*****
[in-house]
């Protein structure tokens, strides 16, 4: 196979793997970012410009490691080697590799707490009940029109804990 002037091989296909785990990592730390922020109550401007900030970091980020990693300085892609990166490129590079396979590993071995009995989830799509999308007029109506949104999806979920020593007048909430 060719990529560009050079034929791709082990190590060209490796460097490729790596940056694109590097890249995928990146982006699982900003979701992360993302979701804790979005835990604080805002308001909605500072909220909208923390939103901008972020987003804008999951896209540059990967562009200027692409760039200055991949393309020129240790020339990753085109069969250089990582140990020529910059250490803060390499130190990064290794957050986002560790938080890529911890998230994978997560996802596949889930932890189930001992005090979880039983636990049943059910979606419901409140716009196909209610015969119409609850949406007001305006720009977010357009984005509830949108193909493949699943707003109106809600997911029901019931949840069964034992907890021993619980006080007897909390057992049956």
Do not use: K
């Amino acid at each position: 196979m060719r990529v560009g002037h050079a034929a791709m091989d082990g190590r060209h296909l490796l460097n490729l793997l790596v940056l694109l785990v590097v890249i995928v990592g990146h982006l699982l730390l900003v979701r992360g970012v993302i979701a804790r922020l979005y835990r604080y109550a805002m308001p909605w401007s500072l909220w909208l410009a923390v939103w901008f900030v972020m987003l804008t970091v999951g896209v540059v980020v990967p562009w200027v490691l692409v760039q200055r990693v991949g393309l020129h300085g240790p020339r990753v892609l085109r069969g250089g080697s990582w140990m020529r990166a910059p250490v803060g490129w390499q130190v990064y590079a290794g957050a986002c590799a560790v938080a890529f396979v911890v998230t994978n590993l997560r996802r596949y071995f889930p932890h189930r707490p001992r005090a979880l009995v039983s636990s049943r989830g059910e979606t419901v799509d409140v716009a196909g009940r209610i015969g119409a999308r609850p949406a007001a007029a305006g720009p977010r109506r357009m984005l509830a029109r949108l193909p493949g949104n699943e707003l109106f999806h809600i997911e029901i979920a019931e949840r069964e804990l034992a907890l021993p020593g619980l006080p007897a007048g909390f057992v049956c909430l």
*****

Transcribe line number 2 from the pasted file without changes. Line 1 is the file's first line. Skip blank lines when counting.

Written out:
């Protein structure tokens, strides 16, 4: 196979793997970012410009490691080697590799707490009940029109804990 002037091989296909785990990592730390922020109550401007900030970091980020990693300085892609990166490129590079396979590993071995009995989830799509999308007029109506949104999806979920020593007048909430 060719990529560009050079034929791709082990190590060209490796460097490729790596940056694109590097890249995928990146982006699982900003979701992360993302979701804790979005835990604080805002308001909605500072909220909208923390939103901008972020987003804008999951896209540059990967562009200027692409760039200055991949393309020129240790020339990753085109069969250089990582140990020529910059250490803060390499130190990064290794957050986002560790938080890529911890998230994978997560996802596949889930932890189930001992005090979880039983636990049943059910979606419901409140716009196909209610015969119409609850949406007001305006720009977010357009984005509830949108193909493949699943707003109106809600997911029901019931949840069964034992907890021993619980006080007897909390057992049956």